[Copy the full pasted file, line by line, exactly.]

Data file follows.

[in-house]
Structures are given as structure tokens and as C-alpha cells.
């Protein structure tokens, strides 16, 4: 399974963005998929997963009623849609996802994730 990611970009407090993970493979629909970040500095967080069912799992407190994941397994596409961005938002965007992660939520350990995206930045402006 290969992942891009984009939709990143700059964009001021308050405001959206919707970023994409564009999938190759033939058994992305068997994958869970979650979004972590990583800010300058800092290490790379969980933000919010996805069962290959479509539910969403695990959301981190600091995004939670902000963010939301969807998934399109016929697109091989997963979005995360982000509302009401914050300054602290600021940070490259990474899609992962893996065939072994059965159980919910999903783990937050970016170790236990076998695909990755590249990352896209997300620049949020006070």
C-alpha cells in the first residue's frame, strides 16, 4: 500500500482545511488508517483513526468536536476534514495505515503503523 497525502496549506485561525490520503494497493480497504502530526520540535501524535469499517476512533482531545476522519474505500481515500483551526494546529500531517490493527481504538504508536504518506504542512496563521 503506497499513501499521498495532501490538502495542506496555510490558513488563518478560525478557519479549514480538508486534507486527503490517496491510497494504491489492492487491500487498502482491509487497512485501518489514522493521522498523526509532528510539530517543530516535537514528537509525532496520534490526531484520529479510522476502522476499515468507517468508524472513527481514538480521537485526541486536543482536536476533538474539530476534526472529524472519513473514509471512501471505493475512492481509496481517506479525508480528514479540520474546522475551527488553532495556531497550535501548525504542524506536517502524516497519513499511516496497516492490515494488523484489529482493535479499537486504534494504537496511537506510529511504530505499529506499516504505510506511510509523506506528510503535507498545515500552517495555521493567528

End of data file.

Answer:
[in-house]
Structures are given as structure tokens and as C-alpha cells.
């Protein structure tokens, strides 16, 4: 399974963005998929997963009623849609996802994730 990611970009407090993970493979629909970040500095967080069912799992407190994941397994596409961005938002965007992660939520350990995206930045402006 290969992942891009984009939709990143700059964009001021308050405001959206919707970023994409564009999938190759033939058994992305068997994958869970979650979004972590990583800010300058800092290490790379969980933000919010996805069962290959479509539910969403695990959301981190600091995004939670902000963010939301969807998934399109016929697109091989997963979005995360982000509302009401914050300054602290600021940070490259990474899609992962893996065939072994059965159980919910999903783990937050970016170790236990076998695909990755590249990352896209997300620049949020006070």
C-alpha cells in the first residue's frame, strides 16, 4: 500500500482545511488508517483513526468536536476534514495505515503503523 497525502496549506485561525490520503494497493480497504502530526520540535501524535469499517476512533482531545476522519474505500481515500483551526494546529500531517490493527481504538504508536504518506504542512496563521 503506497499513501499521498495532501490538502495542506496555510490558513488563518478560525478557519479549514480538508486534507486527503490517496491510497494504491489492492487491500487498502482491509487497512485501518489514522493521522498523526509532528510539530517543530516535537514528537509525532496520534490526531484520529479510522476502522476499515468507517468508524472513527481514538480521537485526541486536543482536536476533538474539530476534526472529524472519513473514509471512501471505493475512492481509496481517506479525508480528514479540520474546522475551527488553532495556531497550535501548525504542524506536517502524516497519513499511516496497516492490515494488523484489529482493535479499537486504534494504537496511537506510529511504530505499529506499516504505510506511510509523506506528510503535507498545515500552517495555521493567528